• For more check this anyspeed weblist, and proper acceleration: the calculator/the movie.

• ## Anyspeed dynamics

Another feature of special relativity is the "rest energy" mc2 associated with the rest mass m of a moving object. The total energy of a moving object is therefore E = mc2 + K where K is an object's kinetic energy. Energy is connected to the various relativistic velocity types mentioned above through the dimensionless energy factor γ ≡ dt/dτ = E/mc2 = 1+½(V/c)2 = Sqrt[1+(w/c)2] = 1/Sqrt[1-(v/c)2]. Since we defined proper acceleration above in terms of the energy increase per unit distance, the relativistic equation for forced motion in one direction (or Newton's second law) becomes F = dE/dx = mα = mc2 Δ γ/ Δ x = m Δwt. Similarly, momentum in collisions is conserved in the absence of external forces, provided that momentum at high speeds for this calculation is written as p = m w (thanks to the traveler-independent nature of t). ```(Q4) What is the proper-velocity "land-speed record" for objects accelerated by man?``` This was probably attained in November 1995 by electrons in the LEP2 accelerator at CERN in Geneva, which were accelerated through an electric potential of 70 billion volts and hence had a kinetic energy of K = 70 GeV? Note: The rest energy of an electron is mc^2 = 511,000 electron volts.
• For a closer look at electrons, check here.

## Relative speeds

When it comes to comparing distances, as well as times, measured in frames moving at high speeds with respect to one another, things get more complicated. Lorentz transforms and a new form of Pythagoras theorem involving time needs to be developed, and phenomena like length contraction and frame-dependent simultaneity need to be understood. Although we don't have time to treat these here, one of the complications is that relative velocities can no longer be calculated by simple addition. In fact, only in this way is it possible for light in a vacuum to travel at the speed of light relative to all observers, even if the observers are traveling at high speeds with respect to each other.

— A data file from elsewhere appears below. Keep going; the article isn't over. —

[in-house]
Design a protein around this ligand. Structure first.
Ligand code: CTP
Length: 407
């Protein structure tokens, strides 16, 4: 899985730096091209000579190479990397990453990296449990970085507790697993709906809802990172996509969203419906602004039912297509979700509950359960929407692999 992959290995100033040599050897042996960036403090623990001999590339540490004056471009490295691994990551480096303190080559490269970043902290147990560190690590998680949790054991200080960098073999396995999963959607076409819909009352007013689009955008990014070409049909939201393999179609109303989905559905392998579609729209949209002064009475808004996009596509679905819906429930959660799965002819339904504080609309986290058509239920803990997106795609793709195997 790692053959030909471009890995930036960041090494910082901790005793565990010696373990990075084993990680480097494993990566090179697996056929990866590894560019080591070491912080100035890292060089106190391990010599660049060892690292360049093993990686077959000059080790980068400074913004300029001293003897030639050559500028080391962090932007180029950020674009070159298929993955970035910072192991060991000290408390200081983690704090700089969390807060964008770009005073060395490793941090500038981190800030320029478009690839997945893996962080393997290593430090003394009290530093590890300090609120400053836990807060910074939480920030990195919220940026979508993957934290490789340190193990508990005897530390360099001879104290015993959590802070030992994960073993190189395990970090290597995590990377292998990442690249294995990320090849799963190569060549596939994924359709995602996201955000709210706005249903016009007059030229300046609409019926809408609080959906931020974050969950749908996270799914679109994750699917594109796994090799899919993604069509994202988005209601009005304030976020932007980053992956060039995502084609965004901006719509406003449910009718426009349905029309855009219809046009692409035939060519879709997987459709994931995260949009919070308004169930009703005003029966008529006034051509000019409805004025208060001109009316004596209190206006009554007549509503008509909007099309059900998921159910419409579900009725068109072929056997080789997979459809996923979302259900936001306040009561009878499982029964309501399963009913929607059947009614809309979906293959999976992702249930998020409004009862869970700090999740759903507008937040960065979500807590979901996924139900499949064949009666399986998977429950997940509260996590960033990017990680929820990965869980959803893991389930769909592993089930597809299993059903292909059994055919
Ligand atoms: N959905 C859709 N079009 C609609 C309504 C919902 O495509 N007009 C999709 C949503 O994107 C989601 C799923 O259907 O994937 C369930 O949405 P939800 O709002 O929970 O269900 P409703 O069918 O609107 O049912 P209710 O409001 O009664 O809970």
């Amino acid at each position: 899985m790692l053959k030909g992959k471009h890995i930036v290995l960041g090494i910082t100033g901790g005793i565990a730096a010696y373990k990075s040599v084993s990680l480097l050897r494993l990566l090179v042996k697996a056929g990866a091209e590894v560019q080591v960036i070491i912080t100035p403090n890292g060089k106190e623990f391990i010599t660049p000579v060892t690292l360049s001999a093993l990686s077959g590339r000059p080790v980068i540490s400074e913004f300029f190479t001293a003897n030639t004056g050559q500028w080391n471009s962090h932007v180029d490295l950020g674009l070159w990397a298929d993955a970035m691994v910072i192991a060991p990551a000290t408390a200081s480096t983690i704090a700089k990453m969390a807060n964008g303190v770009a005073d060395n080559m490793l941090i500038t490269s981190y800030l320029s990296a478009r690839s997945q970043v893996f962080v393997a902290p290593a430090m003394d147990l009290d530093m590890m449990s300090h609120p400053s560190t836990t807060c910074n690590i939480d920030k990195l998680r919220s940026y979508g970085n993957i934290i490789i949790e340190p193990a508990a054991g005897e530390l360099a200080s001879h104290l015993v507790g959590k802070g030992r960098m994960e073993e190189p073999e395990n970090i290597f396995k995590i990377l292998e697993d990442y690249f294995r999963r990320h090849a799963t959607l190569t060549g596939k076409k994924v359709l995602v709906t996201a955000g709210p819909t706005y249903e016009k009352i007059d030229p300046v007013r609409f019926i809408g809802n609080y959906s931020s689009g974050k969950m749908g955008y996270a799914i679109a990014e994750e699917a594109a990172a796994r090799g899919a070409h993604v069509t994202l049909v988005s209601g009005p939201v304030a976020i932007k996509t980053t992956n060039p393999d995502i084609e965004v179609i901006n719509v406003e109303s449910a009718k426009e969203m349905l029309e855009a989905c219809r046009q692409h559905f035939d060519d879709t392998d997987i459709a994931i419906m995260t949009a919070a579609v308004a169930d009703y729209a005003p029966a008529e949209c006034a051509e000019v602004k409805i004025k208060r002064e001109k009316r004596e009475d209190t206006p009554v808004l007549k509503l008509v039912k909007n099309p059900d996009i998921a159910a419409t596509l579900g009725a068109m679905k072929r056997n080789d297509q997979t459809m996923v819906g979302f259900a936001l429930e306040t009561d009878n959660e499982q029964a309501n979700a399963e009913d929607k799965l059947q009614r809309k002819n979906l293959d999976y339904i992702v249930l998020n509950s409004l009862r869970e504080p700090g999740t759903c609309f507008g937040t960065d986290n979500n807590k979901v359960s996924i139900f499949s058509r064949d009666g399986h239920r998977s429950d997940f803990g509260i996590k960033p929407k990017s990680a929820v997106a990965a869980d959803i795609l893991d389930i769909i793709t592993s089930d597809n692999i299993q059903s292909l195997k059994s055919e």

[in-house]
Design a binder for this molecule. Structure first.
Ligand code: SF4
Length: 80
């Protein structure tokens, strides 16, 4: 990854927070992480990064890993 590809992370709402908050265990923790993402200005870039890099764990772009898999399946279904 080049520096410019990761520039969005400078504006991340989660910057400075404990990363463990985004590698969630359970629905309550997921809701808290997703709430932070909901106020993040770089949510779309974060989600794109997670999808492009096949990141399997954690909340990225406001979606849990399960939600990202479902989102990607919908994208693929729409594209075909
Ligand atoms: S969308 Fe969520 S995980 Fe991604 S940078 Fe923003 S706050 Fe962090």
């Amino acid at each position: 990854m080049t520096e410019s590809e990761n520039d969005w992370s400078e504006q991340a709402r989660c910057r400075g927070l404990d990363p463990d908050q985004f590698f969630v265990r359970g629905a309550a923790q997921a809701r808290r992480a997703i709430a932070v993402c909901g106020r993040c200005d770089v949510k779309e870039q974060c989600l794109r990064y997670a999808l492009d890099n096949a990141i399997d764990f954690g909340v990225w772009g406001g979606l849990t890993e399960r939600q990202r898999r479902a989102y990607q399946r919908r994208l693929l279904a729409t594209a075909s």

There is a simple way to keep track of these effects. Note from above that proper-velocity w can be written in terms of coordinate velocity as w = γv = v/Sqrt[1-(v/c)2]. If one object is moving rightward with coordinate speed v1 in the frame in which you measure distances, and a second object is moving leftward toward the first with speed v2 in that same frame, then the proper-velocity of the first object in the frame of the second is w12 = γ1γ2(v1+v2). In other words, when calculating relative proper velocities, the coordinate velocities add while the gamma values have to be multiplied. This expression then allows one to calculate the relative speeds and energies attainable when throwing objects (like elementary particles) at each other at relativistic speeds from opposite directions. ```(Q5) What is the relative proper-velocity, in lightyears per traveler year, of two 70 GeV electrons in head-on collision trajectories?``` This may be the "relative-speed record" for objects accelerated by man.

• Related papers: anyspeed modeling, modernizing Newton, and one-map two-clocks
Footnotes
* Because of the utility of proper-velocity w and the absence for now of an official designation, we refer to "one lightyear per traveler year" as a "rodden-berry" [rb] on mnemonic grounds, since "hot rod" recalls high speed, "berry" recalls a "self-contained unit". It's ironic that for some "roddenberry" may also recall a TV series that, like proper-velocity, is oblivious to the lightspeed limit to which coordinate-velocity is held.

• From notes on "Introducing Newcomers to the 21st Century"
• Copyright 1995-96 by Phil Fraundorf, Dept. of Physics & Astronomy
• At UM-StLouis see also: accel1, cme, programs, stei-lab, & wuzzlers.
• A table of contents for these "frame-dependent relativity" pages.
• For source, cite URL at http://www.umsl.edu/~fraundor/primer.html
• Version release date: 1 May 2005.
• Mindquilts site page requests ~2000/day approaching a million per year.
• Requests for a "stat-counter linked subset of pages" since 4/7/2005: .

• Send comments, your answers to problems posed, and/or complaints, to philf@newton.umsl.edu. This page contains original material, so if you choose to echo in your work, in print, or on the web, a citation would be cool. ` (Thanks. /philf :)`